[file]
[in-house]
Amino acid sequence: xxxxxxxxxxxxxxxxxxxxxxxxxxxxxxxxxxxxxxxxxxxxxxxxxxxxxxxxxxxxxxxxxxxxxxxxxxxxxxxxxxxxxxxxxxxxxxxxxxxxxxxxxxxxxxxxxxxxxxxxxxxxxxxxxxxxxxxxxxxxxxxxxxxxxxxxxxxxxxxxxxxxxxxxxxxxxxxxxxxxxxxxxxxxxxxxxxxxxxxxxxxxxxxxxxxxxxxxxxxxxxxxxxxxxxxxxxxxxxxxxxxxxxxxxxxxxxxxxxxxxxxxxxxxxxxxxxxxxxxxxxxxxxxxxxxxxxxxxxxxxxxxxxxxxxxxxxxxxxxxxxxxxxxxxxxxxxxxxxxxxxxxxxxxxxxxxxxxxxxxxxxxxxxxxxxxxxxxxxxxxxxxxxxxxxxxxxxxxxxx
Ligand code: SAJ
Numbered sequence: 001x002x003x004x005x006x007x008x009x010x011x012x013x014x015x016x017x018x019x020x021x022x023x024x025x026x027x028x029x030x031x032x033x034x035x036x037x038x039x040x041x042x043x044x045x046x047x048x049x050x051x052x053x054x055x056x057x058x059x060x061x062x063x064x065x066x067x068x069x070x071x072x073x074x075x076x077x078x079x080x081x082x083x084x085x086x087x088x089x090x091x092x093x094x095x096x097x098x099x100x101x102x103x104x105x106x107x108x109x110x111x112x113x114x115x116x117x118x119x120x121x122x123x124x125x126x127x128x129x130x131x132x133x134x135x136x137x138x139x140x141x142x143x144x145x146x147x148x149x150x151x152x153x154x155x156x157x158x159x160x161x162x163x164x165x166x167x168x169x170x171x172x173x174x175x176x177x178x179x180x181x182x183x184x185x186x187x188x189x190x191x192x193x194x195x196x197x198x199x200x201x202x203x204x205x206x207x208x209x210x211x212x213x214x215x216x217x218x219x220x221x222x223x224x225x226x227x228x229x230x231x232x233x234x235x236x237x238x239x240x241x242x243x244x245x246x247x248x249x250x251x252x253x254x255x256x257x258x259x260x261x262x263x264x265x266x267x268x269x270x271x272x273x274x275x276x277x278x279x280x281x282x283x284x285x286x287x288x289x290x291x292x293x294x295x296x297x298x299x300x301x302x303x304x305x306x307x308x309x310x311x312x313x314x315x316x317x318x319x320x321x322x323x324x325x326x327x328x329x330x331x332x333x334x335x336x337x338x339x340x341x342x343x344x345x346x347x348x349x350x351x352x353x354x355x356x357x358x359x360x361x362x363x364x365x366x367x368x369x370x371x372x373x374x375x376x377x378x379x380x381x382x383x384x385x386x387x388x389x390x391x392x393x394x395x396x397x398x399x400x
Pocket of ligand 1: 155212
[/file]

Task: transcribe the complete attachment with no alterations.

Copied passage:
[in-house]
Amino acid sequence: xxxxxxxxxxxxxxxxxxxxxxxxxxxxxxxxxxxxxxxxxxxxxxxxxxxxxxxxxxxxxxxxxxxxxxxxxxxxxxxxxxxxxxxxxxxxxxxxxxxxxxxxxxxxxxxxxxxxxxxxxxxxxxxxxxxxxxxxxxxxxxxxxxxxxxxxxxxxxxxxxxxxxxxxxxxxxxxxxxxxxxxxxxxxxxxxxxxxxxxxxxxxxxxxxxxxxxxxxxxxxxxxxxxxxxxxxxxxxxxxxxxxxxxxxxxxxxxxxxxxxxxxxxxxxxxxxxxxxxxxxxxxxxxxxxxxxxxxxxxxxxxxxxxxxxxxxxxxxxxxxxxxxxxxxxxxxxxxxxxxxxxxxxxxxxxxxxxxxxxxxxxxxxxxxxxxxxxxxxxxxxxxxxxxxxxxxxxxxxxx
Ligand code: SAJ
Numbered sequence: 001x002x003x004x005x006x007x008x009x010x011x012x013x014x015x016x017x018x019x020x021x022x023x024x025x026x027x028x029x030x031x032x033x034x035x036x037x038x039x040x041x042x043x044x045x046x047x048x049x050x051x052x053x054x055x056x057x058x059x060x061x062x063x064x065x066x067x068x069x070x071x072x073x074x075x076x077x078x079x080x081x082x083x084x085x086x087x088x089x090x091x092x093x094x095x096x097x098x099x100x101x102x103x104x105x106x107x108x109x110x111x112x113x114x115x116x117x118x119x120x121x122x123x124x125x126x127x128x129x130x131x132x133x134x135x136x137x138x139x140x141x142x143x144x145x146x147x148x149x150x151x152x153x154x155x156x157x158x159x160x161x162x163x164x165x166x167x168x169x170x171x172x173x174x175x176x177x178x179x180x181x182x183x184x185x186x187x188x189x190x191x192x193x194x195x196x197x198x199x200x201x202x203x204x205x206x207x208x209x210x211x212x213x214x215x216x217x218x219x220x221x222x223x224x225x226x227x228x229x230x231x232x233x234x235x236x237x238x239x240x241x242x243x244x245x246x247x248x249x250x251x252x253x254x255x256x257x258x259x260x261x262x263x264x265x266x267x268x269x270x271x272x273x274x275x276x277x278x279x280x281x282x283x284x285x286x287x288x289x290x291x292x293x294x295x296x297x298x299x300x301x302x303x304x305x306x307x308x309x310x311x312x313x314x315x316x317x318x319x320x321x322x323x324x325x326x327x328x329x330x331x332x333x334x335x336x337x338x339x340x341x342x343x344x345x346x347x348x349x350x351x352x353x354x355x356x357x358x359x360x361x362x363x364x365x366x367x368x369x370x371x372x373x374x375x376x377x378x379x380x381x382x383x384x385x386x387x388x389x390x391x392x393x394x395x396x397x398x399x400x
Pocket of ligand 1: 155212